Board advises approving private airstrip

News Northtowns Bureau

Grand Island pilot Robert F. Mesmer has drawn a step closer to getting his private aircraft off the ground after the town's Planning Board on Monday recommended approval of a site plan for a proposed airstrip at his Love Road property.

The board gave its unanimous approval on condition that the state Department of Transportation give its blessing to a proposed pond on the property and the lengthening of the runway by 330 feet beyond the original proposal.

The private grass airstrip, which has generated considerable controversy among many of Mesmer's neighbors, would be on Mesmer's 16-acre property.

Final approval of the site plan by the Town Board is now all that remains before Mesmer could begin construction.

Town Supervisor Peter A. McMahon expects that the Town Board will not act on the Planning Board's referral until after confirmation is received from the state DOT about the conditions placed on the recommendation.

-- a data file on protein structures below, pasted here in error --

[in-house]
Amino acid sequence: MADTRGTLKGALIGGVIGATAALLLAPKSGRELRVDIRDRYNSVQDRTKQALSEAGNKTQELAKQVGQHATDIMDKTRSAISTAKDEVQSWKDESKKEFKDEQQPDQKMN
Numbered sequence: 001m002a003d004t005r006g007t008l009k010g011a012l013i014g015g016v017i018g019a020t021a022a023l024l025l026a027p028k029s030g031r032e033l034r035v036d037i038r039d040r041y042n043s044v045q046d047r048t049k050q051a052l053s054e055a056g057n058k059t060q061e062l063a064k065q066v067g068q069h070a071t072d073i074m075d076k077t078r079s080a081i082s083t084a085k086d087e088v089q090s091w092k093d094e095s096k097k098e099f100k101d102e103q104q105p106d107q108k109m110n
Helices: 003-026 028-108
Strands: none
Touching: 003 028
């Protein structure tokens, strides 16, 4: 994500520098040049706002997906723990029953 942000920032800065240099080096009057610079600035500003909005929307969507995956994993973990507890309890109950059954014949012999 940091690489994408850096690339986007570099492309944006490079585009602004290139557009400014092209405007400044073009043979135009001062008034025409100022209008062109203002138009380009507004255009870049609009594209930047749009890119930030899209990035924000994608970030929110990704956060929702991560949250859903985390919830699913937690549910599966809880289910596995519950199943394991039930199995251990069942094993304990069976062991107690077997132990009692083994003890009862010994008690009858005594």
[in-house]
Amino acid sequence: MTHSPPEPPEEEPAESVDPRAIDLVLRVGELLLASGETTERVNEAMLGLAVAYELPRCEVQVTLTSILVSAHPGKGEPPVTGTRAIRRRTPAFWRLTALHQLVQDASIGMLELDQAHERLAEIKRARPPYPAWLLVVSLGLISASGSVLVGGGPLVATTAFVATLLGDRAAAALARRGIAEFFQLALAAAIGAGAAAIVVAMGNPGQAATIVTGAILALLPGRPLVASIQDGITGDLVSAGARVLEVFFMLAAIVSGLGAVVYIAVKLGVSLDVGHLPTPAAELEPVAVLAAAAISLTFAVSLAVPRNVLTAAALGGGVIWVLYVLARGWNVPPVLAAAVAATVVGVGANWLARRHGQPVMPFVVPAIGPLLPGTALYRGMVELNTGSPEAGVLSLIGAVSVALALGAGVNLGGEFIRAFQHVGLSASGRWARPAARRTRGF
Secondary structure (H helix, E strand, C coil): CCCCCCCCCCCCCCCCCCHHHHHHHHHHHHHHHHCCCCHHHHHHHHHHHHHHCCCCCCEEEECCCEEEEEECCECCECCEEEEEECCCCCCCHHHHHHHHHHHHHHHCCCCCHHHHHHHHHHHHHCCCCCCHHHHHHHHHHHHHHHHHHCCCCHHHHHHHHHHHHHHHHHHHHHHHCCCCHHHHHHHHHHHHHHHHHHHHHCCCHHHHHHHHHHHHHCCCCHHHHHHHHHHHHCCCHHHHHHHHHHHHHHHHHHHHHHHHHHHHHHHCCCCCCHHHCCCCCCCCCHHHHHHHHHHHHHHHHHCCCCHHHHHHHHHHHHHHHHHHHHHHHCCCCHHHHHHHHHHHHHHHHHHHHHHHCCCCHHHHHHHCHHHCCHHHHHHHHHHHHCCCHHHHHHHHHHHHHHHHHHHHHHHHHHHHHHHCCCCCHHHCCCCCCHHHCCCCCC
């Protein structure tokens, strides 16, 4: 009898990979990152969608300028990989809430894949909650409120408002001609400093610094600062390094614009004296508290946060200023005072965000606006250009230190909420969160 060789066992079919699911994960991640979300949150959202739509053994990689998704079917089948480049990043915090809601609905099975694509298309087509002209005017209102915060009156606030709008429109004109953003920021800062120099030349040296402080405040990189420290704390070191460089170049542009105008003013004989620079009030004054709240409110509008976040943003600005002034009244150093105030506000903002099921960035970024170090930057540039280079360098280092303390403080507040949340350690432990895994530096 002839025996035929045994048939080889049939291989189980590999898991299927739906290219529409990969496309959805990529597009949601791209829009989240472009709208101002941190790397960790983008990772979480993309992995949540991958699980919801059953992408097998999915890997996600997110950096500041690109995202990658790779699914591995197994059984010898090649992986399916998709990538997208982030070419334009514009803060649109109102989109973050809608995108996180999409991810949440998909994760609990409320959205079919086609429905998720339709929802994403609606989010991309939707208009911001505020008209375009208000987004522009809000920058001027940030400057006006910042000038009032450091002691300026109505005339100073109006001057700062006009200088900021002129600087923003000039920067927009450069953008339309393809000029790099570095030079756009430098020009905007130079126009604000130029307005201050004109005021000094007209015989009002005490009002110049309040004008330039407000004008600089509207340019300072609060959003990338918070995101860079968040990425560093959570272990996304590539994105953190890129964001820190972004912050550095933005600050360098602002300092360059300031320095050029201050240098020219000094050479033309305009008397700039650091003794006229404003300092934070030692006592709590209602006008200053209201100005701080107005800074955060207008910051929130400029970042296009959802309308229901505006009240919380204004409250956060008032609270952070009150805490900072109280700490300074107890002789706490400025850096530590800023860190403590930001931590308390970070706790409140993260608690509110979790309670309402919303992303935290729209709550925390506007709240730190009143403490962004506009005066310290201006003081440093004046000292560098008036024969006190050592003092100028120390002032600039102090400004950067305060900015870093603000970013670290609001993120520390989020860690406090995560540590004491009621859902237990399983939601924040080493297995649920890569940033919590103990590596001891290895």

"It's not uncommon that the Planning Board will approve something with conditions rather then make an application wait a whole month because they only meet once a month," McMahon said. "(But) until we've got some kind of confirmation that conditions have been satisfied, I don't think it will be approved."

The first issue is whether Mesmer can also proceed with plans to dig a large pond on the same 16-acre site where the airstrip is proposed. The Planning Board raised concerns that geese or other waterfowl could be attracted to such an area, creating potential hazards for the aircraft.

The length of the proposed airstrip is also at issue. Mesmer's original plans called for a 1,470-foot landing strip. That has been extended to 1,800 feet under revised plans. Planning Board members say Mesmer must seek approval from the state DOT for the alteration.

However, opponents of the runway, including Chuck Goris of Alt Boulevard, say Mesmer's plan to lengthen the landing strip was not included in the original environmental-impact statement. "If (Mesmer) wants 1,800 feet," Goris said, "I think he's got to reapply for it."